Senior managers agreed that intervening every time a teen inmate tied a ligature around her neck was unnecessary because she was not always in immediate danger, an inquest into her death heard Wednesday.
Michelle Bridgen, a middle manager at the Grand Valley Institution in Kitchener, Ont., said it was the warden and deputy warden who decided essentially that guards should intervene only if Ashley Smith risked imminent death.
“When she had a ligature, sometimes it was not tied tightly around her neck,” Ms. Bridgen testified.
“Sometimes she would even tie it in a bow around her neck and put her fingers through it and say, ‘See, it’s not tight’.”
The choice became whether guards should frighten Smith by rushing into her segregation cell to retrieve the ligature or “empower” the inmate by allowing her to give it up without force, Ms. Bridgen said.
Still, the ligature tying never became part of Ms. Smith’s written “management plan,” the blueprint for how guards were to deal with her.
The issue of what guards were ordered to do when Smith was seen to be strangling herself is one of the crucial questions at the inquest into her death.
“You have to have just cause to enter a cell,” Ms. Bridgen said she told them.
At one point in October in 2007, authorities sent regional manager, Ken Allan, to talk to front-line staff about “compliance issues” and when to enter Ms. Smith’s cell.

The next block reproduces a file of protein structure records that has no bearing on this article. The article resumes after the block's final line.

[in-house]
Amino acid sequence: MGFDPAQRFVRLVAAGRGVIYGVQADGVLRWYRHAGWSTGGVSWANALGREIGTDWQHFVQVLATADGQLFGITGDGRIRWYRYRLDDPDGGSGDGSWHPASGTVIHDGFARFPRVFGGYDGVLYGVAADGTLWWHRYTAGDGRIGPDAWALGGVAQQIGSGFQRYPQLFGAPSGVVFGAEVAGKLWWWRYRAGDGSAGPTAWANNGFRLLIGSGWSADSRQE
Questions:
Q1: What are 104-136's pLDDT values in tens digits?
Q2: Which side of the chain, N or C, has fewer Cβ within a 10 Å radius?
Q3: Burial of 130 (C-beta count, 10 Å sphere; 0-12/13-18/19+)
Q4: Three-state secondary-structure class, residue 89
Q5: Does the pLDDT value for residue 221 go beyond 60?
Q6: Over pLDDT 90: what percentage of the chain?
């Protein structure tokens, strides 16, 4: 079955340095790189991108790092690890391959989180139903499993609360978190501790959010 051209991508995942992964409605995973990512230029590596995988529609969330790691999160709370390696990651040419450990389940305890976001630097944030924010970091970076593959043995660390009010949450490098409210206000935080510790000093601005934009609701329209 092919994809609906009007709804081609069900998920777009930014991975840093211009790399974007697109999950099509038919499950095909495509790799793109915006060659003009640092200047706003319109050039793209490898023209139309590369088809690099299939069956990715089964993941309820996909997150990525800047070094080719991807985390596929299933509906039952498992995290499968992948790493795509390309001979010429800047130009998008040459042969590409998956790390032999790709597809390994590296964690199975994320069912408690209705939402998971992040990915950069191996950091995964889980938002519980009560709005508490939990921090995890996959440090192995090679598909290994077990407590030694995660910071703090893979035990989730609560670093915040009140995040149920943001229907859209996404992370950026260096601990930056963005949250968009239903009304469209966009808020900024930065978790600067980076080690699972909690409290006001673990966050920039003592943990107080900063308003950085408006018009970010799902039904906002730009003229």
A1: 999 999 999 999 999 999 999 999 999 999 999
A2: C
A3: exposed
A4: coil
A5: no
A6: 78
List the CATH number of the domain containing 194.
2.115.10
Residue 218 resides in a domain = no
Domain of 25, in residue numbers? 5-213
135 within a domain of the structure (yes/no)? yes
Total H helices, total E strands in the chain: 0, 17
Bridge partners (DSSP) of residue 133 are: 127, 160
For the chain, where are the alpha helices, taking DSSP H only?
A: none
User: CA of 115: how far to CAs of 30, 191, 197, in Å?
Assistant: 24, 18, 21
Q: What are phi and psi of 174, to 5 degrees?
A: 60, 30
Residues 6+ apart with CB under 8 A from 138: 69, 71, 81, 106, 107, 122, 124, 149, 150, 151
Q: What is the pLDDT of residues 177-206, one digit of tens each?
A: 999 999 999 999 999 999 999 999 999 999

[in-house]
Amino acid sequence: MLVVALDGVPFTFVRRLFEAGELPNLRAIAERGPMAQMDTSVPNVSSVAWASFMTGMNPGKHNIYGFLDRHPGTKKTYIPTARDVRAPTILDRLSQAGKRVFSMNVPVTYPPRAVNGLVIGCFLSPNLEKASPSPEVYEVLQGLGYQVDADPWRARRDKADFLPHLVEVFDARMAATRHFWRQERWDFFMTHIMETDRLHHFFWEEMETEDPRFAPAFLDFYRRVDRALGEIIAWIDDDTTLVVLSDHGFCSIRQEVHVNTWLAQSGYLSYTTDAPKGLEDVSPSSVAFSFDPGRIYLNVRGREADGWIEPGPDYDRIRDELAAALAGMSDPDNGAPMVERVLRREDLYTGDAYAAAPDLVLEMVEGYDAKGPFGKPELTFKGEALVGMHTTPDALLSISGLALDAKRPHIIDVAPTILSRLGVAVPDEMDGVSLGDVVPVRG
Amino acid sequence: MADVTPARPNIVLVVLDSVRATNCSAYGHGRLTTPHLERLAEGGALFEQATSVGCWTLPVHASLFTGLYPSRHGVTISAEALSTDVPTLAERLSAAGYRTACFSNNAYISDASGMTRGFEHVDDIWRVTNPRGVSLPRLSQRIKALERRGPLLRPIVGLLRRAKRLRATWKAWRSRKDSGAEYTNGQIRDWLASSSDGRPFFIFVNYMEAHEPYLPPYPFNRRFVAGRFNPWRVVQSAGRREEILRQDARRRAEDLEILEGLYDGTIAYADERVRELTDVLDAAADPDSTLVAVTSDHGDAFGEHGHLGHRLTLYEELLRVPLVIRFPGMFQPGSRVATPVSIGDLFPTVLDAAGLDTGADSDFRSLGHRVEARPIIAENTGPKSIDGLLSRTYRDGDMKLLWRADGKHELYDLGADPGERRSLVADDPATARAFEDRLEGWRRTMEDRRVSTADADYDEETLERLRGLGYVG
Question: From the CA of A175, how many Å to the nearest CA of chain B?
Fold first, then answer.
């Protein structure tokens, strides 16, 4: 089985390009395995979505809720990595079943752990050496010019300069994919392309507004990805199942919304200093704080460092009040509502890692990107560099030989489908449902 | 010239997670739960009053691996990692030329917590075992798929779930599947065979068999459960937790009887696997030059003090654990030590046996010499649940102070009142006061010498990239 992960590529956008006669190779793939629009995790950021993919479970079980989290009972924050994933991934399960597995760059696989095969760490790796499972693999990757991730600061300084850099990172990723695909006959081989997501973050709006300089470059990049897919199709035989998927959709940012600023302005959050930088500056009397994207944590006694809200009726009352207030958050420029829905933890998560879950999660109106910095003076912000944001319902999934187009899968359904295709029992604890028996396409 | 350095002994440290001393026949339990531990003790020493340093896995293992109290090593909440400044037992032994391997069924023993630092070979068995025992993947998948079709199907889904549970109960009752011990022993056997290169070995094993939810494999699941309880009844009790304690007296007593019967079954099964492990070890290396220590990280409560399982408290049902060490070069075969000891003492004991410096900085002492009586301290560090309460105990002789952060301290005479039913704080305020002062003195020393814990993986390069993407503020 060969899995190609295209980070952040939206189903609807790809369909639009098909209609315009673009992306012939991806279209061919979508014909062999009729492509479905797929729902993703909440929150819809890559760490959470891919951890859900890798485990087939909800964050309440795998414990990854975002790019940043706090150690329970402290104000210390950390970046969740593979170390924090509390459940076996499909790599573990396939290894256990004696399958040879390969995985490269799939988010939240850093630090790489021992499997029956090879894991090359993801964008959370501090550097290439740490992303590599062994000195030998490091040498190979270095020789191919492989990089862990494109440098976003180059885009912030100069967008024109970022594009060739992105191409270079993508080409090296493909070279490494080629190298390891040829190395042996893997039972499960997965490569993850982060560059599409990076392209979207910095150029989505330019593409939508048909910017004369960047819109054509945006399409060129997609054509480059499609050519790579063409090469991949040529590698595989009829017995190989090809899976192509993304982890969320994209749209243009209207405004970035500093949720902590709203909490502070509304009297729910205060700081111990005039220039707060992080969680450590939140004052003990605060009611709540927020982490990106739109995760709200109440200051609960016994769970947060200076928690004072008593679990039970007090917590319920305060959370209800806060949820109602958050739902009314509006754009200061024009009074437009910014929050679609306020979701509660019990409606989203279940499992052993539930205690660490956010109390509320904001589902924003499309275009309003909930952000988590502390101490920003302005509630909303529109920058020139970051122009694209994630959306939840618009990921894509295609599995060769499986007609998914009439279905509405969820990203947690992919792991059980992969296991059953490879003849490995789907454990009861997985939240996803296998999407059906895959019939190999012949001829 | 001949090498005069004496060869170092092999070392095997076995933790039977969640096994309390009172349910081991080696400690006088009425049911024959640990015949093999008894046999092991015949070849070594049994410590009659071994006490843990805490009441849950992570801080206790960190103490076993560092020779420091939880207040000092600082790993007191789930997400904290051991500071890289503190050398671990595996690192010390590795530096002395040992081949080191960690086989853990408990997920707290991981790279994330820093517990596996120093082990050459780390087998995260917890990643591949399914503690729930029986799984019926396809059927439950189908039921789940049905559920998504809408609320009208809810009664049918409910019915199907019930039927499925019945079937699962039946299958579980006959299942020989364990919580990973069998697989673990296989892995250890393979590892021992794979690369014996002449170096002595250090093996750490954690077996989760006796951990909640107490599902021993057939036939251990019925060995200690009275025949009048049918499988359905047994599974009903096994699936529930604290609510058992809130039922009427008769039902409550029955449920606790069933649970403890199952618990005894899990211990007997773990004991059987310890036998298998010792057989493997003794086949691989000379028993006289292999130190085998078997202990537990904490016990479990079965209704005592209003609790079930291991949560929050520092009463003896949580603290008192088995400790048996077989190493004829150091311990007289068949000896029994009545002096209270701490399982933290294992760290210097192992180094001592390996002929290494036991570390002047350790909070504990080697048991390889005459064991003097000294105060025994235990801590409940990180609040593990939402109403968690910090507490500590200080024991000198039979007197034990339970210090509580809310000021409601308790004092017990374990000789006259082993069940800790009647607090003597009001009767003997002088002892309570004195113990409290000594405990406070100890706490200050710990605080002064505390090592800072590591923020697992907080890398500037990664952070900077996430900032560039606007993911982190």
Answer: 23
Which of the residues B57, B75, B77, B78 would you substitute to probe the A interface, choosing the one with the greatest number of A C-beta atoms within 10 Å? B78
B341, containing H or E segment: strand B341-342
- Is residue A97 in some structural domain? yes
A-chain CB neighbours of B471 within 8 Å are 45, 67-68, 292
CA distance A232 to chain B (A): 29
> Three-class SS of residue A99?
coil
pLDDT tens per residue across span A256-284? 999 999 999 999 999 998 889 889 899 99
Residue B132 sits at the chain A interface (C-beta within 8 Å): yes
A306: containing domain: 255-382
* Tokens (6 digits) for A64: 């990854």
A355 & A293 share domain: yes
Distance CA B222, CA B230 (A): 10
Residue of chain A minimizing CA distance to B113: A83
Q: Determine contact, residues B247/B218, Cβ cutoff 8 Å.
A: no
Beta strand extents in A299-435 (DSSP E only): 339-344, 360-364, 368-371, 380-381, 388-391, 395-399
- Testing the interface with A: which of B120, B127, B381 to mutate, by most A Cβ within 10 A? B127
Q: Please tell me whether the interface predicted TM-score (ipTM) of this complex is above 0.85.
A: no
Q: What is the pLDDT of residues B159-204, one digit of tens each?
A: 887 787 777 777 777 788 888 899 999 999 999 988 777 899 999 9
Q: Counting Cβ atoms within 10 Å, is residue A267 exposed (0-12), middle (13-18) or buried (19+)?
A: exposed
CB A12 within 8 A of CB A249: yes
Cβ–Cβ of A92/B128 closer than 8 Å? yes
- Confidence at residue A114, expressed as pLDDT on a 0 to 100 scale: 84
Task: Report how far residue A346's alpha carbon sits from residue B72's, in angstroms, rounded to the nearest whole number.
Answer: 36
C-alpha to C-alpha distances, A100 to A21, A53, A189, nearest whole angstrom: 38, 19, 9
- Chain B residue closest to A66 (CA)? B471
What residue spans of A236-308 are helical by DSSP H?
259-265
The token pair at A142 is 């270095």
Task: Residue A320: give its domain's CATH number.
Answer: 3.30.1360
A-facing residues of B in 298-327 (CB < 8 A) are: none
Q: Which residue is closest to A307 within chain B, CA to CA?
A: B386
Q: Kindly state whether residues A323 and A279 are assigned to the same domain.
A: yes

Ms. Bridgen suggested Mr. Allan go down to the cell to see for himself what staff were dealing with. She knew they were being disciplined over the issue.
He told her it wasn’t his job.
“I was very frustrated when he said no,” Mr. Bridgen said.
She said she was fed up with “armchair quarterbacks” who second-guessed the guards after reviewing videotapes of incidents.
On Oct. 19, 2007, just days after Mr. Allan’s visit to Grand Valley, Ms. Smith, 19, of Moncton, N.B., choked herself to death in her segregation cell as guards, who believed they were under orders not to intervene as long as she was breathing, watched her die.
The inquest heard the warden and deputy warden were concerned by the number of times guards were using force on Ms. Smith, who became increasingly prone to self-harming.
“There was no end to her ligature use,” Ms. Bridgen said. “She fashioned them readily from her gown.”
Still, premature or unnecessary cell entry was not discussed frequently, said Ms. Bridgen, who often could not recall specifics.
Guards should have gone into the cell if Ms. Smith was in “imminent danger,” something Ms. Bridgen said entailed a combination of factors.
“She would have the ligature tied very tightly around her throat. She wouldn’t be able to breathe very well. She would be turning a different colour,” Mr. Bridgen said.
“I never said (don’t go in) as long as she’s breathing.”
She did admit to ordering guards out of Ms. Smith’s cell on one occasion after another manager had ordered them in, saying she worried about their safety.
Ms. Bridgen said she told guards that dealing with Ms. Smith would “test their convictions” because they would have to ignore the tendency to rush in and help Ms. Smith until they had a proper intervention plan in place.
Ms. Bridgen, who had decades of experience working with male offenders and was on a temporary assignment to Grand Valley, said she had never seen anyone tie ligatures around their necks before Ms. Smith.
She also said she did not know Ms. Smith, who had mental-health issues and spent most of her three-year incarceration in segregation.
Correctional Service Canada suspended Ms. Bridgen for 20 days for her role in Ms. Smith’s death, a punishment that was later reduced to 10 days.
She faces further cross-examination Thursday.